At a moment when musical streams are crossing with unprecedented frequency, it’s crucial to remember that throughout its history, New Orleans has been the point at which sounds and cultures from around the world converge, mingle, and resurface, transformed by the Crescent City’s inimitable spirit and joie de vivre. Nowhere is that idea more vividly embodied than in the Preservation Hall Jazz Band, which has held the torch of New Orleans music aloft for more than 50 years, all the while carrying it enthusiastically forward as a reminder that the history they were founded to preserve is a vibrantly living history.
For those wary that a band with the rich history of the PHJB is tackling new material, Jaffe is quick to point out that Preservation Hall – which his parents, Allan and Sandra Jaffe, founded in 1961 – was never meant to be a museum. At its beginnings it broke racial boundaries to present the living legends of New Orleans music, living links to the origins of jazz. Today, with a band whose ages range nearly 60 years, the mission remains the same: to pass on the traditions while continually revitalizing it with new blood and fresh ideas.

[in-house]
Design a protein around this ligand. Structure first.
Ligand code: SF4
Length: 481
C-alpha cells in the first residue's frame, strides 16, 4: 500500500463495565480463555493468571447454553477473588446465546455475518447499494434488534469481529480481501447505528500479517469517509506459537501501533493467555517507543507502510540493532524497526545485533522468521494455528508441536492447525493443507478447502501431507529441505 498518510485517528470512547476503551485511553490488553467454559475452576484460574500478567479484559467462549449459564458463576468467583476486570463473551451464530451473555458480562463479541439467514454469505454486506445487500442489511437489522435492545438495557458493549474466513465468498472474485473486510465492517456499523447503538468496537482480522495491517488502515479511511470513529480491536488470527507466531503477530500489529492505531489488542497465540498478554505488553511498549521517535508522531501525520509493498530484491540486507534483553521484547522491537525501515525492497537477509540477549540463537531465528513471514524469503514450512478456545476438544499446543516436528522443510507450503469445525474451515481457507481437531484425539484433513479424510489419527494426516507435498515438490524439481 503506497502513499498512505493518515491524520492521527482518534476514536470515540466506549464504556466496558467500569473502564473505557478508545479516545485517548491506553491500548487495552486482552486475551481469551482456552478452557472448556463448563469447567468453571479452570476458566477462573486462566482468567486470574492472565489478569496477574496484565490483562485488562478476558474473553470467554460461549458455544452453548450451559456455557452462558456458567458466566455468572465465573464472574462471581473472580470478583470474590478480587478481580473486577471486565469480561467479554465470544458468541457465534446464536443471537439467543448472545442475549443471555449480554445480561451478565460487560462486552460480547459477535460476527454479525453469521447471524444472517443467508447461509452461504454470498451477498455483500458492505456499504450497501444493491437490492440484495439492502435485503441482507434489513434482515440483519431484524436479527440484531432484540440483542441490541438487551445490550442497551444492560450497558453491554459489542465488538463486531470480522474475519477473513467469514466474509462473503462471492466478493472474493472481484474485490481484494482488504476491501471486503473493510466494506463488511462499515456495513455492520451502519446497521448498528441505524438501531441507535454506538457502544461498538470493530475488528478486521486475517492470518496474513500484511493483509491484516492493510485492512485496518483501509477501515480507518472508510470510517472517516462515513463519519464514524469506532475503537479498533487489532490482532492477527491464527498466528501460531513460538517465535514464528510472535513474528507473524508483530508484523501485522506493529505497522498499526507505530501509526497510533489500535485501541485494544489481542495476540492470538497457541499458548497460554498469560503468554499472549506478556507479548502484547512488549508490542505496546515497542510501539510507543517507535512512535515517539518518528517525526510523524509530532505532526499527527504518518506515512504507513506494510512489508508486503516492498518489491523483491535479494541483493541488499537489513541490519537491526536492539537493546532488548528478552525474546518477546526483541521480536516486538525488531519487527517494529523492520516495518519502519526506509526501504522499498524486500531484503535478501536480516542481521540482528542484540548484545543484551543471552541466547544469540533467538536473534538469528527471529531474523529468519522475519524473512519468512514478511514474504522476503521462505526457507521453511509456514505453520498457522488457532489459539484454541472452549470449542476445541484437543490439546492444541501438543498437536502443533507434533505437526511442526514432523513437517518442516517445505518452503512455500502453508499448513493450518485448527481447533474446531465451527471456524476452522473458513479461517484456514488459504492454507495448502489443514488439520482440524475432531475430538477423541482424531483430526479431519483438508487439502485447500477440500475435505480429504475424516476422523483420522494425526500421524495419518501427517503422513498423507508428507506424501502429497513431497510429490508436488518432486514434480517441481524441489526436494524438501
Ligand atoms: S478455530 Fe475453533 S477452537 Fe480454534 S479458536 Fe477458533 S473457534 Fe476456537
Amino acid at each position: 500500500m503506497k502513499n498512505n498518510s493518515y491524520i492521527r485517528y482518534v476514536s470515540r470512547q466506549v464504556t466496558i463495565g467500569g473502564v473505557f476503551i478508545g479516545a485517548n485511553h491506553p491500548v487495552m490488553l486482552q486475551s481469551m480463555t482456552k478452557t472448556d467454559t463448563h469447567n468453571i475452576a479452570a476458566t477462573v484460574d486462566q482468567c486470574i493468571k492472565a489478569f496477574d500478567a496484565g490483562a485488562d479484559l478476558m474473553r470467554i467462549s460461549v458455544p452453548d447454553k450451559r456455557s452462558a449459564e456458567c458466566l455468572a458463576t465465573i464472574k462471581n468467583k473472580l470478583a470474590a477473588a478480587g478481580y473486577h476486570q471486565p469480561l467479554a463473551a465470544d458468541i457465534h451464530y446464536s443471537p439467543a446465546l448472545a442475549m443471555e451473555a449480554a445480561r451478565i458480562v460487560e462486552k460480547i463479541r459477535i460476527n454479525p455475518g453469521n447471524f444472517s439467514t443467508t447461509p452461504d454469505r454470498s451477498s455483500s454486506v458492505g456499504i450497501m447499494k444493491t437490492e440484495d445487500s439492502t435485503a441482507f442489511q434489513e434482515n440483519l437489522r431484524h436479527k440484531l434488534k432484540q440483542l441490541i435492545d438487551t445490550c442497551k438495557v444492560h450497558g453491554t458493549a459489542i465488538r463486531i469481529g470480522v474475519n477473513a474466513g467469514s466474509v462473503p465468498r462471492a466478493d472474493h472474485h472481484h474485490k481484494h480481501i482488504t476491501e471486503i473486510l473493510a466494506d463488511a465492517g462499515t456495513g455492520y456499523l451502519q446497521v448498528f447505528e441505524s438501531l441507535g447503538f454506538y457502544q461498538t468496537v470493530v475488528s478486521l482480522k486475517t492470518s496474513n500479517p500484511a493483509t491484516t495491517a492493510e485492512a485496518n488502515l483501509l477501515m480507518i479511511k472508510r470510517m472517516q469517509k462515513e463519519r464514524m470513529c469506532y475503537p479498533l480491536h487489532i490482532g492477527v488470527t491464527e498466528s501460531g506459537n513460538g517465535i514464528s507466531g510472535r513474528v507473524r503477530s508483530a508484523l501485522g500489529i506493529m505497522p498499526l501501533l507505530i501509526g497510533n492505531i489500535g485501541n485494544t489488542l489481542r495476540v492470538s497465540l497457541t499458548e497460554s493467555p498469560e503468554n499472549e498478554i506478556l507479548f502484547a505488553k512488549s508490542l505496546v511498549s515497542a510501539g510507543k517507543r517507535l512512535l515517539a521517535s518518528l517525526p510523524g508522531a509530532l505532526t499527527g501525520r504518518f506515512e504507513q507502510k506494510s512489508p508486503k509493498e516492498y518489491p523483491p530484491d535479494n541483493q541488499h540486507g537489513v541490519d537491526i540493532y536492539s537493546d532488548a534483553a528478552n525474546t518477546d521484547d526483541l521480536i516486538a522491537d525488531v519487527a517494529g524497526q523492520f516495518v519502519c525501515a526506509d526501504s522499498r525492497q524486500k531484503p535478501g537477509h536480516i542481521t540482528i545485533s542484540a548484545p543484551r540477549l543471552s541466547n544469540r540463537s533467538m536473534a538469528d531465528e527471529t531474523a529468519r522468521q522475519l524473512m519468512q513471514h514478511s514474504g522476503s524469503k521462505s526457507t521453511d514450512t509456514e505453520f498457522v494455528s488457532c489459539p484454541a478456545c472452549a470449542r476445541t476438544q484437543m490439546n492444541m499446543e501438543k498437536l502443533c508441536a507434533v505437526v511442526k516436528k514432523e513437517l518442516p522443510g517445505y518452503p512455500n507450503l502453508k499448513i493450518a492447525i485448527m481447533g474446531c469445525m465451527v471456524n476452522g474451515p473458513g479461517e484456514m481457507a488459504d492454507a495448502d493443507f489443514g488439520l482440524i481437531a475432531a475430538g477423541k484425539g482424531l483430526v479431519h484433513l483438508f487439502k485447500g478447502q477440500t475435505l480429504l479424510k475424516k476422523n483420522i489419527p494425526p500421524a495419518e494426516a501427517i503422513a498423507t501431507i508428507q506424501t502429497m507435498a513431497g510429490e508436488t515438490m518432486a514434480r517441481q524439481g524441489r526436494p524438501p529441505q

“I see it as something that’s necessary for the evolution and survival of New Orleans music,” Jaffe says. “Interpreting the repertoire that’s been around for a hundred years is one thing, but the challenge is to keep that repertoire and those traditions alive while at the same time being honest about who you are as a musician, allowing all of your musical influences to be reflected in what you create.”